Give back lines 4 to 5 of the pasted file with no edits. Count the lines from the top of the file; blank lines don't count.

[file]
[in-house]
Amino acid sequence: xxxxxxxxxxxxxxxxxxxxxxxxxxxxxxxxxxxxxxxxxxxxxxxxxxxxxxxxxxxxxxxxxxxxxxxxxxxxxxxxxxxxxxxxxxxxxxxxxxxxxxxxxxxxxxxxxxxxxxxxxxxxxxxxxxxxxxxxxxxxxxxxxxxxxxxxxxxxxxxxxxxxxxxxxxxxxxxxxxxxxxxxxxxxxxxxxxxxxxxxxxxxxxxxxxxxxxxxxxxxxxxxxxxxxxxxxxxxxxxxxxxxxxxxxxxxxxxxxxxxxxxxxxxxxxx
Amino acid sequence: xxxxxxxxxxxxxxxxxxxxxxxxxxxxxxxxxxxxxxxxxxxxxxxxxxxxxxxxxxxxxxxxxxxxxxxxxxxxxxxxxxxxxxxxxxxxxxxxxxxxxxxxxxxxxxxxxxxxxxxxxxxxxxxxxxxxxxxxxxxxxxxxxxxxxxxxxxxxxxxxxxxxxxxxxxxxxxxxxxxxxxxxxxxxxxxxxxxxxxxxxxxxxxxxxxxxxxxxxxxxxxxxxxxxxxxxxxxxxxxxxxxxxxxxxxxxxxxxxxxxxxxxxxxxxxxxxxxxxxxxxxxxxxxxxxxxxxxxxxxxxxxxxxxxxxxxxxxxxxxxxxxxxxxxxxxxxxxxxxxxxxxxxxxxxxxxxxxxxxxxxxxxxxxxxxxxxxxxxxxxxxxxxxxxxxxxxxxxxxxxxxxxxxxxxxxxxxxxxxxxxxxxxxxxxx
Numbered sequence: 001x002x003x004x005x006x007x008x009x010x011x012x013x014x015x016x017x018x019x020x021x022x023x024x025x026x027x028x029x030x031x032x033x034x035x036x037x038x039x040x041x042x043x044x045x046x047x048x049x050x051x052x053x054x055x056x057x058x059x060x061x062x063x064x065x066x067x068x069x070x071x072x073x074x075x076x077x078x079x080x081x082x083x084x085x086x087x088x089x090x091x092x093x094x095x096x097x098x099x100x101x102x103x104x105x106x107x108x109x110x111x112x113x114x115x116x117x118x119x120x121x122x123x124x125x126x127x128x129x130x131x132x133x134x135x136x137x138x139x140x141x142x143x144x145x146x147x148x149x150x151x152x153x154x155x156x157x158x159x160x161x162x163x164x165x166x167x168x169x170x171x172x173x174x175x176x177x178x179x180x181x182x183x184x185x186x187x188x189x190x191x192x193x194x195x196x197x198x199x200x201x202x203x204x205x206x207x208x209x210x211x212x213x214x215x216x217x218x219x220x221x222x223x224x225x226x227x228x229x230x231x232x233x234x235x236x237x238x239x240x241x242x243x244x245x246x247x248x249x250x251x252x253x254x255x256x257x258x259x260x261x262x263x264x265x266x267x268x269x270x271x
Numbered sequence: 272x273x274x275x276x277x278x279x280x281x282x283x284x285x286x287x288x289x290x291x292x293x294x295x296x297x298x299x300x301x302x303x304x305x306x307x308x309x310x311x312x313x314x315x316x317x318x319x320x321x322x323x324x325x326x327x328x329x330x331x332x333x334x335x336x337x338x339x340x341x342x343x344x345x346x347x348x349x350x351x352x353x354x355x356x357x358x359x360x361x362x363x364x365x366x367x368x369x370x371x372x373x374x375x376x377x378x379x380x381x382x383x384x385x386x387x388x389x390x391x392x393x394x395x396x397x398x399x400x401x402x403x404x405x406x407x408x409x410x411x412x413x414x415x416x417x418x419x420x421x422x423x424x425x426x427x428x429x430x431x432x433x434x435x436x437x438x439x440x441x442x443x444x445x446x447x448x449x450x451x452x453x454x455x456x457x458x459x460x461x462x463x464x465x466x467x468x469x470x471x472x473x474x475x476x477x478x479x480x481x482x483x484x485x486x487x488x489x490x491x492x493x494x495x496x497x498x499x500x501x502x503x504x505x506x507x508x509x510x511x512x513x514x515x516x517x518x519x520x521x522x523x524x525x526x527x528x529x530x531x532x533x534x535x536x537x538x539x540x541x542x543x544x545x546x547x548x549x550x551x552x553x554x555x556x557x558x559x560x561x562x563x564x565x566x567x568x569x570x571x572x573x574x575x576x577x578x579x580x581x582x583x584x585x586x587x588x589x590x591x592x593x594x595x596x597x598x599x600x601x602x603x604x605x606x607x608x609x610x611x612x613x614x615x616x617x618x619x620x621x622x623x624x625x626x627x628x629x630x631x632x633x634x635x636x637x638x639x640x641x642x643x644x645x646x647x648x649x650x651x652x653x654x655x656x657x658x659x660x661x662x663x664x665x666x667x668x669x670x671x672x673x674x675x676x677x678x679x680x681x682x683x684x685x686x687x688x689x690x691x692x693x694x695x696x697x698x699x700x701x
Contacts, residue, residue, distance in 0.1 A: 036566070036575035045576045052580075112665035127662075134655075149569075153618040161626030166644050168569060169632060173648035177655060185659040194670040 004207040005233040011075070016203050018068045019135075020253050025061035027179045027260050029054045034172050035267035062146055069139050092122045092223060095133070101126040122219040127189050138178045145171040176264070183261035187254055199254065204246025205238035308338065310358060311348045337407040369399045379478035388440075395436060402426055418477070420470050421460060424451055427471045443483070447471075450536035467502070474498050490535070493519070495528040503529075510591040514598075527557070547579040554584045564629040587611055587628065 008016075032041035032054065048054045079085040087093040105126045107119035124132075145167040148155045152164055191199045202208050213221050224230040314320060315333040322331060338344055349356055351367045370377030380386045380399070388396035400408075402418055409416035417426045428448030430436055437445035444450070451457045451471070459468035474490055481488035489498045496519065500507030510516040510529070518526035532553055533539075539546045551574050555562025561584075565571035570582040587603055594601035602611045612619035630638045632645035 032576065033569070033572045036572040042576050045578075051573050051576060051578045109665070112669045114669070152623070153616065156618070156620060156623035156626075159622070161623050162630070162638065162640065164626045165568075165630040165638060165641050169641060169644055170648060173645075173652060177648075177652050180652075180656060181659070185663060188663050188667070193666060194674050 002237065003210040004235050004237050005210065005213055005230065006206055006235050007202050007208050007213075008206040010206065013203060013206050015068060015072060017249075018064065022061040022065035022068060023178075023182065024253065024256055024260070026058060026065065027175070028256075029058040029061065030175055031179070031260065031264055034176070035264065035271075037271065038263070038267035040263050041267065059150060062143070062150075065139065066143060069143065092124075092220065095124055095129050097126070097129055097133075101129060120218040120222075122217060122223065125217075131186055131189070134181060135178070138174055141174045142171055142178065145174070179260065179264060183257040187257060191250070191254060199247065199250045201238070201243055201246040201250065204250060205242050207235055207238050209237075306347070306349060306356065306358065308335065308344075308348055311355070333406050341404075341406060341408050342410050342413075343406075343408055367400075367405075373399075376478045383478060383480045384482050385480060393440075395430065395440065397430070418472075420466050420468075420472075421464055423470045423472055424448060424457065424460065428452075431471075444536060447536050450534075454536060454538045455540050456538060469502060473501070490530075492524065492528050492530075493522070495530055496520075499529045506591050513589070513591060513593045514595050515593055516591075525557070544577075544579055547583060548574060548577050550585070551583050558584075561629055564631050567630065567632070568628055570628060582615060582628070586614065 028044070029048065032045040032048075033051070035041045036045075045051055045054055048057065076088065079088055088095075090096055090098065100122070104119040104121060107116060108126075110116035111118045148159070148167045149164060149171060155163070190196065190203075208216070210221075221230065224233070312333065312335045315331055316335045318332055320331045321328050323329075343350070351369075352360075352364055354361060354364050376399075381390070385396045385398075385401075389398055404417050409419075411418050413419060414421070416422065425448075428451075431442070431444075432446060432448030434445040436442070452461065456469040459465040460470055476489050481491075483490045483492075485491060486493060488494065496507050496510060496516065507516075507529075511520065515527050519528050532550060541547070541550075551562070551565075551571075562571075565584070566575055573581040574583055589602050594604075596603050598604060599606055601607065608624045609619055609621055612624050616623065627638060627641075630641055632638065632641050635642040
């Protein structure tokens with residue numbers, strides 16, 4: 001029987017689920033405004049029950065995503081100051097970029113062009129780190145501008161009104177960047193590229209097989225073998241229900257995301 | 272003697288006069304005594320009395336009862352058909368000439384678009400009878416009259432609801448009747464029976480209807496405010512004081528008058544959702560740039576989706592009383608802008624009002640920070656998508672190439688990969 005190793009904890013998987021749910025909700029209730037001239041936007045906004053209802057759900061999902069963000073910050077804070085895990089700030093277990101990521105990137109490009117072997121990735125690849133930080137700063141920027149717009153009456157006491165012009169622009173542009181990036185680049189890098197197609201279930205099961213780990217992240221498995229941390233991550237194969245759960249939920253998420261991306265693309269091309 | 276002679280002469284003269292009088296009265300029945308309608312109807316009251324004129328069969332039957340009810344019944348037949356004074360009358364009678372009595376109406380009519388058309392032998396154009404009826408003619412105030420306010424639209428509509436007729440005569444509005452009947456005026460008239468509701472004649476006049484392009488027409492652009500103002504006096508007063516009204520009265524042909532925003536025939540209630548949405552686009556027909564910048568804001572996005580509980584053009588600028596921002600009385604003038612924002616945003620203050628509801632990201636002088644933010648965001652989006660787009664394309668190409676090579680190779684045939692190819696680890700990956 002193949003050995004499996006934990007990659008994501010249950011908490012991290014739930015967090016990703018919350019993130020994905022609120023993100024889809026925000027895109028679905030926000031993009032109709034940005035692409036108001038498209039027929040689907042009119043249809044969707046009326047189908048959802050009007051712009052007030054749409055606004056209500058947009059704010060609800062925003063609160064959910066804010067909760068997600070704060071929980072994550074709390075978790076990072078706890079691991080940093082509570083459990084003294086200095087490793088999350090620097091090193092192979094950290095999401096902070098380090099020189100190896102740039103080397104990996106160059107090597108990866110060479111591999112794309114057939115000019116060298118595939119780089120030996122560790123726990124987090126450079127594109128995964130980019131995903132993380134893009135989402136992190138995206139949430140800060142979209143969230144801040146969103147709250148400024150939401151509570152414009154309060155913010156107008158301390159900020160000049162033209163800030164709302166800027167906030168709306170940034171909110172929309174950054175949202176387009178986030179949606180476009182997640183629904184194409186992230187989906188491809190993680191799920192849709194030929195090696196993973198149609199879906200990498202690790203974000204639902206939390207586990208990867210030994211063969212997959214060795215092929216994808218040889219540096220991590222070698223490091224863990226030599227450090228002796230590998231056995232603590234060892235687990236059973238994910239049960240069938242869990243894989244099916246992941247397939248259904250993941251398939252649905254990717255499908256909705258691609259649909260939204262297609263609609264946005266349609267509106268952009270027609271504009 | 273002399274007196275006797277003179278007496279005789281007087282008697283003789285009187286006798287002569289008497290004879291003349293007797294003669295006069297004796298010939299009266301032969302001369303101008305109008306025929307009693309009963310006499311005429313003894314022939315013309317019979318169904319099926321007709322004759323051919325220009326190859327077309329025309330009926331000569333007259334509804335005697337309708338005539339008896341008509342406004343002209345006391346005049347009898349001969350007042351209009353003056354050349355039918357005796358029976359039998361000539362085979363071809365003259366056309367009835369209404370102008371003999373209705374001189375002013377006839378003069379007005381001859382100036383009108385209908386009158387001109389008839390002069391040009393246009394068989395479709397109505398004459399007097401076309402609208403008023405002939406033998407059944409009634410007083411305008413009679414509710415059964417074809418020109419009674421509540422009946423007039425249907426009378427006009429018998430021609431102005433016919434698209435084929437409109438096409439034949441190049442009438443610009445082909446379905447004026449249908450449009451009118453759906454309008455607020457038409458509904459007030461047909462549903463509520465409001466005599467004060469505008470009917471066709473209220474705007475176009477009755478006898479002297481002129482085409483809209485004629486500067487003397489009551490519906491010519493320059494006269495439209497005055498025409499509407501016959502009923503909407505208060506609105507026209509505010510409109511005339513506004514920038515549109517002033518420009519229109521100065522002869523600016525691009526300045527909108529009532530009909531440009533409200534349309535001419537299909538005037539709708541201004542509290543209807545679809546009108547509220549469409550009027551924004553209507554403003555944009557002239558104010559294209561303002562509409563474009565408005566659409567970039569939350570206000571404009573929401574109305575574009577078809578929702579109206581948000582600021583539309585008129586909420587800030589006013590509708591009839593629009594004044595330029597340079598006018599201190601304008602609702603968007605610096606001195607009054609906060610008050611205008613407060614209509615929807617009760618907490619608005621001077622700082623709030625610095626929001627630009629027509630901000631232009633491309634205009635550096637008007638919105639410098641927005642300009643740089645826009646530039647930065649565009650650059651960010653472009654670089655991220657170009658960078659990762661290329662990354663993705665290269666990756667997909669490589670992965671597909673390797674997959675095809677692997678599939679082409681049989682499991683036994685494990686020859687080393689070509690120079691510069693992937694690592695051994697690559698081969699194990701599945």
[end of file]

Numbered sequence: 001x002x003x004x005x006x007x008x009x010x011x012x013x014x015x016x017x018x019x020x021x022x023x024x025x026x027x028x029x030x031x032x033x034x035x036x037x038x039x040x041x042x043x044x045x046x047x048x049x050x051x052x053x054x055x056x057x058x059x060x061x062x063x064x065x066x067x068x069x070x071x072x073x074x075x076x077x078x079x080x081x082x083x084x085x086x087x088x089x090x091x092x093x094x095x096x097x098x099x100x101x102x103x104x105x106x107x108x109x110x111x112x113x114x115x116x117x118x119x120x121x122x123x124x125x126x127x128x129x130x131x132x133x134x135x136x137x138x139x140x141x142x143x144x145x146x147x148x149x150x151x152x153x154x155x156x157x158x159x160x161x162x163x164x165x166x167x168x169x170x171x172x173x174x175x176x177x178x179x180x181x182x183x184x185x186x187x188x189x190x191x192x193x194x195x196x197x198x199x200x201x202x203x204x205x206x207x208x209x210x211x212x213x214x215x216x217x218x219x220x221x222x223x224x225x226x227x228x229x230x231x232x233x234x235x236x237x238x239x240x241x242x243x244x245x246x247x248x249x250x251x252x253x254x255x256x257x258x259x260x261x262x263x264x265x266x267x268x269x270x271x
Numbered sequence: 272x273x274x275x276x277x278x279x280x281x282x283x284x285x286x287x288x289x290x291x292x293x294x295x296x297x298x299x300x301x302x303x304x305x306x307x308x309x310x311x312x313x314x315x316x317x318x319x320x321x322x323x324x325x326x327x328x329x330x331x332x333x334x335x336x337x338x339x340x341x342x343x344x345x346x347x348x349x350x351x352x353x354x355x356x357x358x359x360x361x362x363x364x365x366x367x368x369x370x371x372x373x374x375x376x377x378x379x380x381x382x383x384x385x386x387x388x389x390x391x392x393x394x395x396x397x398x399x400x401x402x403x404x405x406x407x408x409x410x411x412x413x414x415x416x417x418x419x420x421x422x423x424x425x426x427x428x429x430x431x432x433x434x435x436x437x438x439x440x441x442x443x444x445x446x447x448x449x450x451x452x453x454x455x456x457x458x459x460x461x462x463x464x465x466x467x468x469x470x471x472x473x474x475x476x477x478x479x480x481x482x483x484x485x486x487x488x489x490x491x492x493x494x495x496x497x498x499x500x501x502x503x504x505x506x507x508x509x510x511x512x513x514x515x516x517x518x519x520x521x522x523x524x525x526x527x528x529x530x531x532x533x534x535x536x537x538x539x540x541x542x543x544x545x546x547x548x549x550x551x552x553x554x555x556x557x558x559x560x561x562x563x564x565x566x567x568x569x570x571x572x573x574x575x576x577x578x579x580x581x582x583x584x585x586x587x588x589x590x591x592x593x594x595x596x597x598x599x600x601x602x603x604x605x606x607x608x609x610x611x612x613x614x615x616x617x618x619x620x621x622x623x624x625x626x627x628x629x630x631x632x633x634x635x636x637x638x639x640x641x642x643x644x645x646x647x648x649x650x651x652x653x654x655x656x657x658x659x660x661x662x663x664x665x666x667x668x669x670x671x672x673x674x675x676x677x678x679x680x681x682x683x684x685x686x687x688x689x690x691x692x693x694x695x696x697x698x699x700x701x